After an extended absence from campus, a sorority that was banned from VCU four years ago has returned as an active chapter.
In 2010, members of the Theta Rho Chapter of Alpha Kappa Alpha sorority were found guilty by VCU and the National Pan-Hellenic Judicial Council for misconduct related to incidents of hazing.
Earlier this year, however, Theta Rho returned with a newly formed student council and accepted approximately 70 students as their first set of probates.
“I think reputation is something that can easily be changed, it depends on the people at the time,” said Theta Rho president Sierra Jones.
At their first event after re-establishing themselves on campus, new members and interested students met in the Commons’ Virginia Rooms C & D to hear presentations from The Well, Ram Pantry and the University College. A short discussion on “AKAademic” tips was moderated by Jones and Theta Rho vice president Stefani Bonner.
Guests were asked to bring school supplies to donate to Martin Luther King Jr. Middle School in the East End of Richmond.
Theta Rho public relations manager, Erin Smith, said the sorority contacted the Richmond Public School Board asking what schools needed the most support prior to the event and they recommended MLK Jr. as the charity for their first event.
“This group of women know the past is in the past, we knew we wanted to bring back AKA strong,” Smith said. “We want prospective members to know that we aren’t for hazing or mistreating members. Hopefully we can bring back our reputation to a positive light, we want the campus to know we’re doing great things.”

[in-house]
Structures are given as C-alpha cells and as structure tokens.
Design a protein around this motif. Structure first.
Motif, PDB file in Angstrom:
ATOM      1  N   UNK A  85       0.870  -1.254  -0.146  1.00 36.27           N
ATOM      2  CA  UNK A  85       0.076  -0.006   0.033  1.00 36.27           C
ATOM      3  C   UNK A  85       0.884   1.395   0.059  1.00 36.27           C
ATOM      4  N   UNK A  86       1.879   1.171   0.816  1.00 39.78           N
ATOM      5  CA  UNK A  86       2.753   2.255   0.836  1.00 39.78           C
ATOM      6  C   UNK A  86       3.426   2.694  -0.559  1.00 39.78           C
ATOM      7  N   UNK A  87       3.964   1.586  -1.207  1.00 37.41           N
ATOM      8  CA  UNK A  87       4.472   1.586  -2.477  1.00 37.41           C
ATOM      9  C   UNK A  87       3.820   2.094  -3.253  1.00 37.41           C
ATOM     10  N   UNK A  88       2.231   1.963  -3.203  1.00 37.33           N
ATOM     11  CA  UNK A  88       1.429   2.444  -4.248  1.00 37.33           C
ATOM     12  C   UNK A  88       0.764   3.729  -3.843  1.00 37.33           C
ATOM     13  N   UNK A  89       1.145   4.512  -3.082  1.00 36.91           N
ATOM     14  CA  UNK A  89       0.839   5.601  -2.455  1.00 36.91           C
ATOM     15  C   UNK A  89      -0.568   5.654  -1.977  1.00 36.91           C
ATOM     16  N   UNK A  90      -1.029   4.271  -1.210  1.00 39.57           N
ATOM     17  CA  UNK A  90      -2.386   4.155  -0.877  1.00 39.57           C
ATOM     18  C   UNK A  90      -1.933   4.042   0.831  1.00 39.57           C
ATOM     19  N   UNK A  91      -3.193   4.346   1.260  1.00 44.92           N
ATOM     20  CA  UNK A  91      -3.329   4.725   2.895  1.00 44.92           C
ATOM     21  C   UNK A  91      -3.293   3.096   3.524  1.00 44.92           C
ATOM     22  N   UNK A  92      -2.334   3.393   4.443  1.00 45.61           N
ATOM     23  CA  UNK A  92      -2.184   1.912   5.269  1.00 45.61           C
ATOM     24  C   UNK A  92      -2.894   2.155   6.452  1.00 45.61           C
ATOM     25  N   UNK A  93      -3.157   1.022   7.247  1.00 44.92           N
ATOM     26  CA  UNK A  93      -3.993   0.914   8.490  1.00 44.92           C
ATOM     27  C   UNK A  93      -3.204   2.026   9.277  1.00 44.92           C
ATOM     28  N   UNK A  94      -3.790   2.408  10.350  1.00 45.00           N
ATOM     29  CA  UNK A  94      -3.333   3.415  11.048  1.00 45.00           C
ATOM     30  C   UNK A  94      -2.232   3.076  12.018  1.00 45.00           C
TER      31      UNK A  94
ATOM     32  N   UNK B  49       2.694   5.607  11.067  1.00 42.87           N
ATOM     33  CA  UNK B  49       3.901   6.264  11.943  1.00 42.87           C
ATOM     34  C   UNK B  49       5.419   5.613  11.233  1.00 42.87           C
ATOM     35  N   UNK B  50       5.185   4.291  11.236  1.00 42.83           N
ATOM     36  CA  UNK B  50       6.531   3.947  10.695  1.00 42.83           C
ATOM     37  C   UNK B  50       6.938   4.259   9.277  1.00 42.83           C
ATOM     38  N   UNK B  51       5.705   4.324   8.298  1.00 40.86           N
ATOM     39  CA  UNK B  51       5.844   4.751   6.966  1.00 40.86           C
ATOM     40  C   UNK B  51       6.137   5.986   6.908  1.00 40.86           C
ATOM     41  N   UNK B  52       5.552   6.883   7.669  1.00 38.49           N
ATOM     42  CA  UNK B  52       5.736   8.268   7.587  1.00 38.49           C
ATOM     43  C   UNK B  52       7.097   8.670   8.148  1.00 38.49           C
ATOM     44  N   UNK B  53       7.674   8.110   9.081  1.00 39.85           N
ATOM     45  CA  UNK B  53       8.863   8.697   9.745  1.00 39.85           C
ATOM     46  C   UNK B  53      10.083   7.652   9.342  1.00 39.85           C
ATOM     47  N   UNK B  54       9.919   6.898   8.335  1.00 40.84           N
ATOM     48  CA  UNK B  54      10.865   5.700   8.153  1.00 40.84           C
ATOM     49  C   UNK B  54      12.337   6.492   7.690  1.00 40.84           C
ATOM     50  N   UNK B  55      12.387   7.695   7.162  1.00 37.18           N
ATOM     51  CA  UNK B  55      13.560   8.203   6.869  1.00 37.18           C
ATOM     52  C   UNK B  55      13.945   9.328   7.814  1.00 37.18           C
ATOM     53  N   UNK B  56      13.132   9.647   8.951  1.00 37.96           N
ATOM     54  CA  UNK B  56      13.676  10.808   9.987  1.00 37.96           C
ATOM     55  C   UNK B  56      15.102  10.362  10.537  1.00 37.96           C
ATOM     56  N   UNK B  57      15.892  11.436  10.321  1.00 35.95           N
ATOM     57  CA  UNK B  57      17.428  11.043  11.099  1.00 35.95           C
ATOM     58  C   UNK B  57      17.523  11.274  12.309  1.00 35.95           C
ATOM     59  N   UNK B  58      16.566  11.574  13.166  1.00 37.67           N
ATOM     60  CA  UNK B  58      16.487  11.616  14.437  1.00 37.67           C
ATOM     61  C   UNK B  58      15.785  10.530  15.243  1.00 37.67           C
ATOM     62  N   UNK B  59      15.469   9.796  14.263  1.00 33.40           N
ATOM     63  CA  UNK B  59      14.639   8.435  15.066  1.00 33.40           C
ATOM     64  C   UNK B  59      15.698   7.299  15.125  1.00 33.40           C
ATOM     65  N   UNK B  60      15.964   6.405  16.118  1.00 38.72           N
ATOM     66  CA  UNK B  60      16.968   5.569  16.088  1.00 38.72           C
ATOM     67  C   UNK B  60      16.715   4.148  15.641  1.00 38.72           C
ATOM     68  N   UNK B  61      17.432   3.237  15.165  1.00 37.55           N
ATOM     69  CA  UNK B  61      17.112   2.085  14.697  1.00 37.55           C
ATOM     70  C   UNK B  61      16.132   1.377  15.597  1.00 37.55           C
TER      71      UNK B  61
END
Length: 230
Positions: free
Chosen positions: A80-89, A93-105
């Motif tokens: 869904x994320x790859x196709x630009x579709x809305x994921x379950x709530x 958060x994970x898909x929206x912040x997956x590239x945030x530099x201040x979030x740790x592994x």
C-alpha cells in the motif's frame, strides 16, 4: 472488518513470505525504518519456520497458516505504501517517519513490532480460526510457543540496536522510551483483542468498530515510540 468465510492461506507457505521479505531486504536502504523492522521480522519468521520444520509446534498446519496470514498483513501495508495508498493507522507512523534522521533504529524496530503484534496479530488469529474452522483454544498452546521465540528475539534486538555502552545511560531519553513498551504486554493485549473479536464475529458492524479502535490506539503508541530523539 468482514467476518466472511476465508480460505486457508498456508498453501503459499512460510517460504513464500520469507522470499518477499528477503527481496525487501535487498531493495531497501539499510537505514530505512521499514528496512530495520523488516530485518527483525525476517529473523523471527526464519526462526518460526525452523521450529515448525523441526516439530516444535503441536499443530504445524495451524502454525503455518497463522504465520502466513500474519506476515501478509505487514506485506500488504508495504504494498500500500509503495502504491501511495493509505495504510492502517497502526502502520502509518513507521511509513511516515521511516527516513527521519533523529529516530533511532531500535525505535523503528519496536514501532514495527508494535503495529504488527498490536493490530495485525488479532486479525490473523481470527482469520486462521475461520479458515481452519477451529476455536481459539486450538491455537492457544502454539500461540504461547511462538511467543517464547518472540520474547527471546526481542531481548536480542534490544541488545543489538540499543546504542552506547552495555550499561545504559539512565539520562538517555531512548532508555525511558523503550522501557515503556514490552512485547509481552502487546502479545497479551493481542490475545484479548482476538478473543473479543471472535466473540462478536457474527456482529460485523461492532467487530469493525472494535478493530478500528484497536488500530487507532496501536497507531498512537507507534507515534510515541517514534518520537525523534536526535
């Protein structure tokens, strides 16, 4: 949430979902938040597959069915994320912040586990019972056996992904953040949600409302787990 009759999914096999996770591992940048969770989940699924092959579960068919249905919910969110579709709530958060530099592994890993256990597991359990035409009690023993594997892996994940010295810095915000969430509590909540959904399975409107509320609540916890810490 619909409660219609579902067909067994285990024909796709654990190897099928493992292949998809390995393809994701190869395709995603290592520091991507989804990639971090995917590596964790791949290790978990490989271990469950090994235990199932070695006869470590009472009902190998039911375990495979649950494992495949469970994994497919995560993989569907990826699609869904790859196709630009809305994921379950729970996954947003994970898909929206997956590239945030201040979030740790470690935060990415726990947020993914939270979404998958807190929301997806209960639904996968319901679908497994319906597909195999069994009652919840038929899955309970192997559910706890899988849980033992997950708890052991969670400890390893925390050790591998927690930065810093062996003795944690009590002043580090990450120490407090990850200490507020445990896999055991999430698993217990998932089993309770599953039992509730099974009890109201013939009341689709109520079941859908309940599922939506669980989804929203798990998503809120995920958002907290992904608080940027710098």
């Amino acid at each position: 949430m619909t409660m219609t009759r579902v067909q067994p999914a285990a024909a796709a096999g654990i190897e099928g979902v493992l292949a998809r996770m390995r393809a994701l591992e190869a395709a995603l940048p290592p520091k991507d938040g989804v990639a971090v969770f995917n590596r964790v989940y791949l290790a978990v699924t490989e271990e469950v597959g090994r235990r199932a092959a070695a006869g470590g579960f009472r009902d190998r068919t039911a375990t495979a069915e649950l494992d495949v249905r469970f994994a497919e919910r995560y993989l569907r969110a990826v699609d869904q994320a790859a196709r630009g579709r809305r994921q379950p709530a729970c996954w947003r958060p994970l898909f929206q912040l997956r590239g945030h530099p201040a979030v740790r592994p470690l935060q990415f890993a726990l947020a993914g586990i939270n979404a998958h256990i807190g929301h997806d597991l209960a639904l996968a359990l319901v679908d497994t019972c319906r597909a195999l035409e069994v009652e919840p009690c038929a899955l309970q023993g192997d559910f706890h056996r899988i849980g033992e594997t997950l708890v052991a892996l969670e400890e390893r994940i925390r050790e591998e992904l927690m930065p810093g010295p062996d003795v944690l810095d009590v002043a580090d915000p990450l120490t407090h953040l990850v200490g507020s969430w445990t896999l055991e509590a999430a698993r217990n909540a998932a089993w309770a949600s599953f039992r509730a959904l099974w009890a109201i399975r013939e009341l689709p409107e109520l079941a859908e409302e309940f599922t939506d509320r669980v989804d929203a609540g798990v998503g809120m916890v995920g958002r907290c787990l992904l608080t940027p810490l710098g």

After receiving inquiries about the status of Theta Rho and Alpha Kappa Alpha from students, the office of Fraternity and Sorority Life and the graduate chapter of Alpha Kappa Alpha, Upsilon Omega, worked together to reinstate Theta Rho at VCU.
“We’ve had a blank slate coming back. It’s all new faces, our graduate advisors have been really warm to us,” Jones said.
Theta Rho graduate advisor Tracey James said the interest prompted members of Upsilon Omega to form a committee to help revive Theta Rho. Several months later, members of the committee contacted Alpha Kappa Alpha Mid-Atlantic Regional Director Linda Gilliam, P.hD., to facilitate the reinstatement process.
“I was initiated into Theta Rho here at VCU in 1988,” James said. “I wanted to make sure they could come back and do positive things for the community. We’re glad to be back.”
According to both Jones and Fraternity and Sorority Life Assistant Director Lindsey Dombert, little is known about the hazing incidents that caused the chapter’s expulsion from campus. This is due to new membership within the sorority and leadership in greek life office since the ban four years ago.
Dombert, who was hired by VCU as a new assistant director in May, says she is optimistic about the sorority’s return.
“They’ve been a very positive presence in our community,” Dombert said. “The women have been really active in the council and Greek community. We’re very excited and happy to have them back on our campus.”
Jones said, to her knowledge, no policies regarding hazing have changed with Alpha Kappa Alpha since the ban was leveled against Theta Rho in 2010.
According to Alpha Kappa Alpha’s national website, the organization prohibits hazing of any existing or prospective members. Any violation against the organization’s Risk Management Policy may result in suspension, expulsion or revocation of a chapter’s charter.
“We’ve all had a couple group discussions,” Jones said. “We’re going to hold the standard and keep it that way. We’re going to do our best not to have any extra baggage or do anything that’s unnecessary.”
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